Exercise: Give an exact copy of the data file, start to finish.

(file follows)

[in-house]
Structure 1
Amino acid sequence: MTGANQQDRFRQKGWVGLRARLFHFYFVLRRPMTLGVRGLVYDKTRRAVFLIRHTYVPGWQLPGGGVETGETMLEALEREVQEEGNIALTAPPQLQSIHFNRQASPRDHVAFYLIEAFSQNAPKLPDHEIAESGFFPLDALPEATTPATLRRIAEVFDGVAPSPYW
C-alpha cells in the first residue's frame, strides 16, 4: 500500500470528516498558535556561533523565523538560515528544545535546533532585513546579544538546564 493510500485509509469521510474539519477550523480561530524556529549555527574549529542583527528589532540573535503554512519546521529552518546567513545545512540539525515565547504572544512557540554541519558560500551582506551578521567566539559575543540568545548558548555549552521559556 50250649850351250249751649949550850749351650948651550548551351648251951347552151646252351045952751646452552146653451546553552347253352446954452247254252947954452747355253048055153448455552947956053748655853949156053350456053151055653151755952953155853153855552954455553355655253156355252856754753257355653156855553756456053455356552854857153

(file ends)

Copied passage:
[in-house]
Structure 1
Amino acid sequence: MTGANQQDRFRQKGWVGLRARLFHFYFVLRRPMTLGVRGLVYDKTRRAVFLIRHTYVPGWQLPGGGVETGETMLEALEREVQEEGNIALTAPPQLQSIHFNRQASPRDHVAFYLIEAFSQNAPKLPDHEIAESGFFPLDALPEATTPATLRRIAEVFDGVAPSPYW
C-alpha cells in the first residue's frame, strides 16, 4: 500500500470528516498558535556561533523565523538560515528544545535546533532585513546579544538546564 493510500485509509469521510474539519477550523480561530524556529549555527574549529542583527528589532540573535503554512519546521529552518546567513545545512540539525515565547504572544512557540554541519558560500551582506551578521567566539559575543540568545548558548555549552521559556 50250649850351250249751649949550850749351650948651550548551351648251951347552151646252351045952751646452552146653451546553552347253352446954452247254252947954452747355253048055153448455552947956053748655853949156053350456053151055653151755952953155853153855552954455553355655253156355252856754753257355653156855553756456053455356552854857153